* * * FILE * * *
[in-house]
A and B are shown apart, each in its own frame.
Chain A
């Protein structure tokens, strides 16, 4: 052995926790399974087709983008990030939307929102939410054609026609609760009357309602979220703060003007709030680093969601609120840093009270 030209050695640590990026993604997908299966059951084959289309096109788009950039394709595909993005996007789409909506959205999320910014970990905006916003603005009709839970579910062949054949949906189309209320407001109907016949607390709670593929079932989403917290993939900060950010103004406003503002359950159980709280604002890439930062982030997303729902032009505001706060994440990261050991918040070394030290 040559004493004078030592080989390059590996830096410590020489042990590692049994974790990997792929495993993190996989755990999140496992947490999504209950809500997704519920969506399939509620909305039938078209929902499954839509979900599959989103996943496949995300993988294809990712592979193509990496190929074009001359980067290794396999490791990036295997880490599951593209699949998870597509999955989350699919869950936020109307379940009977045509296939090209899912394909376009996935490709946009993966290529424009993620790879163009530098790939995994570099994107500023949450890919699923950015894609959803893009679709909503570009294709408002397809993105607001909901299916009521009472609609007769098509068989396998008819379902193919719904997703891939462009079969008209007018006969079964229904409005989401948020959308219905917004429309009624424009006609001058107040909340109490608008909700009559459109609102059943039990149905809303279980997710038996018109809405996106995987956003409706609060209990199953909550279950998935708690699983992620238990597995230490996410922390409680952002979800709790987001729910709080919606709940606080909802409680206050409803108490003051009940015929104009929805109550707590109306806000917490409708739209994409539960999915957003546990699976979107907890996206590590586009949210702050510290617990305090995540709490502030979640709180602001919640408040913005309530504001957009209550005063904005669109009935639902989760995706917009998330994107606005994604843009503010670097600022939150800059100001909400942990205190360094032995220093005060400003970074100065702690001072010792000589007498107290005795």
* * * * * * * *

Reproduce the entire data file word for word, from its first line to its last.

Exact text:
[in-house]
A and B are shown apart, each in its own frame.
Chain A
């Protein structure tokens, strides 16, 4: 052995926790399974087709983008990030939307929102939410054609026609609760009357309602979220703060003007709030680093969601609120840093009270 030209050695640590990026993604997908299966059951084959289309096109788009950039394709595909993005996007789409909506959205999320910014970990905006916003603005009709839970579910062949054949949906189309209320407001109907016949607390709670593929079932989403917290993939900060950010103004406003503002359950159980709280604002890439930062982030997303729902032009505001706060994440990261050991918040070394030290 040559004493004078030592080989390059590996830096410590020489042990590692049994974790990997792929495993993190996989755990999140496992947490999504209950809500997704519920969506399939509620909305039938078209929902499954839509979900599959989103996943496949995300993988294809990712592979193509990496190929074009001359980067290794396999490791990036295997880490599951593209699949998870597509999955989350699919869950936020109307379940009977045509296939090209899912394909376009996935490709946009993966290529424009993620790879163009530098790939995994570099994107500023949450890919699923950015894609959803893009679709909503570009294709408002397809993105607001909901299916009521009472609609007769098509068989396998008819379902193919719904997703891939462009079969008209007018006969079964229904409005989401948020959308219905917004429309009624424009006609001058107040909340109490608008909700009559459109609102059943039990149905809303279980997710038996018109809405996106995987956003409706609060209990199953909550279950998935708690699983992620238990597995230490996410922390409680952002979800709790987001729910709080919606709940606080909802409680206050409803108490003051009940015929104009929805109550707590109306806000917490409708739209994409539960999915957003546990699976979107907890996206590590586009949210702050510290617990305090995540709490502030979640709180602001919640408040913005309530504001957009209550005063904005669109009935639902989760995706917009998330994107606005994604843009503010670097600022939150800059100001909400942990205190360094032995220093005060400003970074100065702690001072010792000589007498107290005795």